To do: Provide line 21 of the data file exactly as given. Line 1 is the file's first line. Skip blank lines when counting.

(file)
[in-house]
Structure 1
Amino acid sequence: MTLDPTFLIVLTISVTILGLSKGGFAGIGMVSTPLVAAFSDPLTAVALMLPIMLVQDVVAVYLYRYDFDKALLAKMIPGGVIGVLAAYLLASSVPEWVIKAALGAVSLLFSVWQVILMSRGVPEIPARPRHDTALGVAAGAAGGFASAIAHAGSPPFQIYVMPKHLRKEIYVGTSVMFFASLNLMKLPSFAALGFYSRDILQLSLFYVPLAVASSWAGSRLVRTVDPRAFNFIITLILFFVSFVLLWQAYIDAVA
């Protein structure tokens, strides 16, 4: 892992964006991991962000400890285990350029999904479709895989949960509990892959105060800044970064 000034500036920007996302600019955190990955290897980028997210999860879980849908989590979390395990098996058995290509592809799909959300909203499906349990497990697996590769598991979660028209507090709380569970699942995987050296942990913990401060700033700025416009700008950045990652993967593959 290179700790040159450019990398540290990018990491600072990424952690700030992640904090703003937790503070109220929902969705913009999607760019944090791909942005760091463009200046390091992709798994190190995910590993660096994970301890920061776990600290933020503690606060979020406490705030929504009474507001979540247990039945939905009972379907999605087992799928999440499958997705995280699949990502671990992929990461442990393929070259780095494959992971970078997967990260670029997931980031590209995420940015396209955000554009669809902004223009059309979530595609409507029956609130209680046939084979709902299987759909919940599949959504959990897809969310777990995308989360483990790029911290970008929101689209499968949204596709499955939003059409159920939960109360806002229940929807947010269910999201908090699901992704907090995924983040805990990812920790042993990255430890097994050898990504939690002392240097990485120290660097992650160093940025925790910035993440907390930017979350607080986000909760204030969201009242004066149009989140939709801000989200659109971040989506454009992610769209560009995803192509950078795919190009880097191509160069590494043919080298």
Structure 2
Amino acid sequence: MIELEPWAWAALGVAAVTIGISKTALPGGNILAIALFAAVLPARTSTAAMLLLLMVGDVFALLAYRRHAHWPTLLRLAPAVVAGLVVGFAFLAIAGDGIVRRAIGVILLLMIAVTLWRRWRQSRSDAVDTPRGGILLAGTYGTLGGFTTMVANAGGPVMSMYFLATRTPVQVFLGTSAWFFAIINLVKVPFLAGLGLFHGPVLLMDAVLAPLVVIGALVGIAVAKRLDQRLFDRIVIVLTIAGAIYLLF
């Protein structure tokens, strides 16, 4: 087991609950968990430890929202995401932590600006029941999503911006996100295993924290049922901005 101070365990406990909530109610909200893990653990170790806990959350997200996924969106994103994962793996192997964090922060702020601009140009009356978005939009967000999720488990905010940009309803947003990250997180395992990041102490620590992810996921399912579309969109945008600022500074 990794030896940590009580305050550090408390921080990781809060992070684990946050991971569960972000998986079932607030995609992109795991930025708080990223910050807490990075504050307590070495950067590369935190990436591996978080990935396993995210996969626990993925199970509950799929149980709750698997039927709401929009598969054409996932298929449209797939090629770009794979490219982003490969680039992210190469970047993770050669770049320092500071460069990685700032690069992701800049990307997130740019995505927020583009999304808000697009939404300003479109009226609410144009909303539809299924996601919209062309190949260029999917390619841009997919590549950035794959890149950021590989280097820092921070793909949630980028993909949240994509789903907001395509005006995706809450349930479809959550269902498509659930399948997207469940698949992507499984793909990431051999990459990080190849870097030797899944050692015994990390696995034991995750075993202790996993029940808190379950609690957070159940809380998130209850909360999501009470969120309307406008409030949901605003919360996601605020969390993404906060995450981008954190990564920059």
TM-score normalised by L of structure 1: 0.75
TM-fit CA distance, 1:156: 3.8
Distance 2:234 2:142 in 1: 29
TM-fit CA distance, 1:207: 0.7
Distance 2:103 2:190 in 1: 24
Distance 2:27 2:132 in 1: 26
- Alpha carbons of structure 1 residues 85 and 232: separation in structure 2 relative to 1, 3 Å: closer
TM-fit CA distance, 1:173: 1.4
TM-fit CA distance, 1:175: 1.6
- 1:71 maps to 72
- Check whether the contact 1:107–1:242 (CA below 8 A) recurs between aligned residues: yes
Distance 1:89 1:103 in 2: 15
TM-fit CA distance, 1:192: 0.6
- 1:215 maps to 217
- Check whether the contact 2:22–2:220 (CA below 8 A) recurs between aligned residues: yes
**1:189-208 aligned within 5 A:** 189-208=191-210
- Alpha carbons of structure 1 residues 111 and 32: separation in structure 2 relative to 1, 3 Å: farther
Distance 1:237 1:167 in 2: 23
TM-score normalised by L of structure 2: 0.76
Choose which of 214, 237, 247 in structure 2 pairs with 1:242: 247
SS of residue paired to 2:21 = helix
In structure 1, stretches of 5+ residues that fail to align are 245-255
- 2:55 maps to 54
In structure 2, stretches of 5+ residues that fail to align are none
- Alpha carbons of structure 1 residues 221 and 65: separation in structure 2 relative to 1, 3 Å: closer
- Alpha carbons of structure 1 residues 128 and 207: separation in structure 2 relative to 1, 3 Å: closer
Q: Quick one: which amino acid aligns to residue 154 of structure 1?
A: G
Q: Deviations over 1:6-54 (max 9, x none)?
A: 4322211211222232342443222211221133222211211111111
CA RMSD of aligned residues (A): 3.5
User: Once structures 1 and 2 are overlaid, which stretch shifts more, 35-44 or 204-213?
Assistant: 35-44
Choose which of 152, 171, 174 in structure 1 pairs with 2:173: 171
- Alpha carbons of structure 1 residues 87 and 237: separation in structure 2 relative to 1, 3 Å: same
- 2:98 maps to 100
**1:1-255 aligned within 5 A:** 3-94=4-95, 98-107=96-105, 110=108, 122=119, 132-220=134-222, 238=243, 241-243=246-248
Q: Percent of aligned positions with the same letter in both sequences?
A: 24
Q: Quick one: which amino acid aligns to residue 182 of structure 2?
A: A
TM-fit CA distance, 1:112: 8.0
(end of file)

- 1:215 maps to 217